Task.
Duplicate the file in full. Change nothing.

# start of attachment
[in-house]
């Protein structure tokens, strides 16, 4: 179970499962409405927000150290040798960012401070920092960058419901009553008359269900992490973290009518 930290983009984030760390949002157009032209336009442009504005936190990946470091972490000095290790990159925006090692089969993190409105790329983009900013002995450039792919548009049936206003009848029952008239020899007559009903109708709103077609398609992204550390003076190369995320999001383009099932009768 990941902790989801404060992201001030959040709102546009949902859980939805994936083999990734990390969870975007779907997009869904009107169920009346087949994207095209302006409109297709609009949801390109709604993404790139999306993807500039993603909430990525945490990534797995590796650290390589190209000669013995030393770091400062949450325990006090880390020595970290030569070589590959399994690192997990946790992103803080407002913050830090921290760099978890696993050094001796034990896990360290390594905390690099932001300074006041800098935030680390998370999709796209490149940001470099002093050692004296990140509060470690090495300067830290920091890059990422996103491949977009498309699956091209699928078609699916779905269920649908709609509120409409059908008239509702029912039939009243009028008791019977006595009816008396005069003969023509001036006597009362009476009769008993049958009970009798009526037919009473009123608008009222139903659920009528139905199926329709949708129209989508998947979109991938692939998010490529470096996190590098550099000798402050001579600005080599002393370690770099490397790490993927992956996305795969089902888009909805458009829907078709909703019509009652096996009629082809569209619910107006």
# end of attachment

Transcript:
[in-house]
């Protein structure tokens, strides 16, 4: 179970499962409405927000150290040798960012401070920092960058419901009553008359269900992490973290009518 930290983009984030760390949002157009032209336009442009504005936190990946470091972490000095290790990159925006090692089969993190409105790329983009900013002995450039792919548009049936206003009848029952008239020899007559009903109708709103077609398609992204550390003076190369995320999001383009099932009768 990941902790989801404060992201001030959040709102546009949902859980939805994936083999990734990390969870975007779907997009869904009107169920009346087949994207095209302006409109297709609009949801390109709604993404790139999306993807500039993603909430990525945490990534797995590796650290390589190209000669013995030393770091400062949450325990006090880390020595970290030569070589590959399994690192997990946790992103803080407002913050830090921290760099978890696993050094001796034990896990360290390594905390690099932001300074006041800098935030680390998370999709796209490149940001470099002093050692004296990140509060470690090495300067830290920091890059990422996103491949977009498309699956091209699928078609699916779905269920649908709609509120409409059908008239509702029912039939009243009028008791019977006595009816008396005069003969023509001036006597009362009476009769008993049958009970009798009526037919009473009123608008009222139903659920009528139905199926329709949708129209989508998947979109991938692939998010490529470096996190590098550099000798402050001579600005080599002393370690770099490397790490993927992956996305795969089902888009909805458009829907078709909703019509009652096996009629082809569209619910107006």